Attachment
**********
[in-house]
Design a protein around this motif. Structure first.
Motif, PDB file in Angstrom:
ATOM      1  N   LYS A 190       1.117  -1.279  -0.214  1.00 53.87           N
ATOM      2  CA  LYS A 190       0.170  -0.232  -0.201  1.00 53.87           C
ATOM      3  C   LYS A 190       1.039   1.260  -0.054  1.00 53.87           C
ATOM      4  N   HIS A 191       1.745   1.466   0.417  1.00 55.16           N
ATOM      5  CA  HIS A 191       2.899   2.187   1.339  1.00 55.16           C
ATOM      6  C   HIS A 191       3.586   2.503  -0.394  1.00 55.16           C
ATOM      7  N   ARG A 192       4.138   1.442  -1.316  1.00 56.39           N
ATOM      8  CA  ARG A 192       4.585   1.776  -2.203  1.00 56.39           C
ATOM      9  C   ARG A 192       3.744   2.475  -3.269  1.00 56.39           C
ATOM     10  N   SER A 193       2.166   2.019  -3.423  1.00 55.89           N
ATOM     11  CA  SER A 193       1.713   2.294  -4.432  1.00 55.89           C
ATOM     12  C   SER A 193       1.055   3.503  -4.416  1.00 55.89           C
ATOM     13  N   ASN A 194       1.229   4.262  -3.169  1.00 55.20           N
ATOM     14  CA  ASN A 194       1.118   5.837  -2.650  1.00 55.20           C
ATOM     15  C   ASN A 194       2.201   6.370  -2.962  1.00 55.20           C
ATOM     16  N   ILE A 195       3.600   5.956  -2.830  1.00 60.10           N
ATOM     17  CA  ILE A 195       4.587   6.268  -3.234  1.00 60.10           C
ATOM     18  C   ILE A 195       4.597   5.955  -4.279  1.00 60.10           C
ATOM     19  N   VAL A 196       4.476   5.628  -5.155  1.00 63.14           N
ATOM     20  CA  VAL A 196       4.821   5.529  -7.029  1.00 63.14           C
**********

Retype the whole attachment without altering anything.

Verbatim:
[in-house]
Design a protein around this motif. Structure first.
Motif, PDB file in Angstrom:
ATOM      1  N   LYS A 190       1.117  -1.279  -0.214  1.00 53.87           N
ATOM      2  CA  LYS A 190       0.170  -0.232  -0.201  1.00 53.87           C
ATOM      3  C   LYS A 190       1.039   1.260  -0.054  1.00 53.87           C
ATOM      4  N   HIS A 191       1.745   1.466   0.417  1.00 55.16           N
ATOM      5  CA  HIS A 191       2.899   2.187   1.339  1.00 55.16           C
ATOM      6  C   HIS A 191       3.586   2.503  -0.394  1.00 55.16           C
ATOM      7  N   ARG A 192       4.138   1.442  -1.316  1.00 56.39           N
ATOM      8  CA  ARG A 192       4.585   1.776  -2.203  1.00 56.39           C
ATOM      9  C   ARG A 192       3.744   2.475  -3.269  1.00 56.39           C
ATOM     10  N   SER A 193       2.166   2.019  -3.423  1.00 55.89           N
ATOM     11  CA  SER A 193       1.713   2.294  -4.432  1.00 55.89           C
ATOM     12  C   SER A 193       1.055   3.503  -4.416  1.00 55.89           C
ATOM     13  N   ASN A 194       1.229   4.262  -3.169  1.00 55.20           N
ATOM     14  CA  ASN A 194       1.118   5.837  -2.650  1.00 55.20           C
ATOM     15  C   ASN A 194       2.201   6.370  -2.962  1.00 55.20           C
ATOM     16  N   ILE A 195       3.600   5.956  -2.830  1.00 60.10           N
ATOM     17  CA  ILE A 195       4.587   6.268  -3.234  1.00 60.10           C
ATOM     18  C   ILE A 195       4.597   5.955  -4.279  1.00 60.10           C
ATOM     19  N   VAL A 196       4.476   5.628  -5.155  1.00 63.14           N
ATOM     20  CA  VAL A 196       4.821   5.529  -7.029  1.00 63.14           C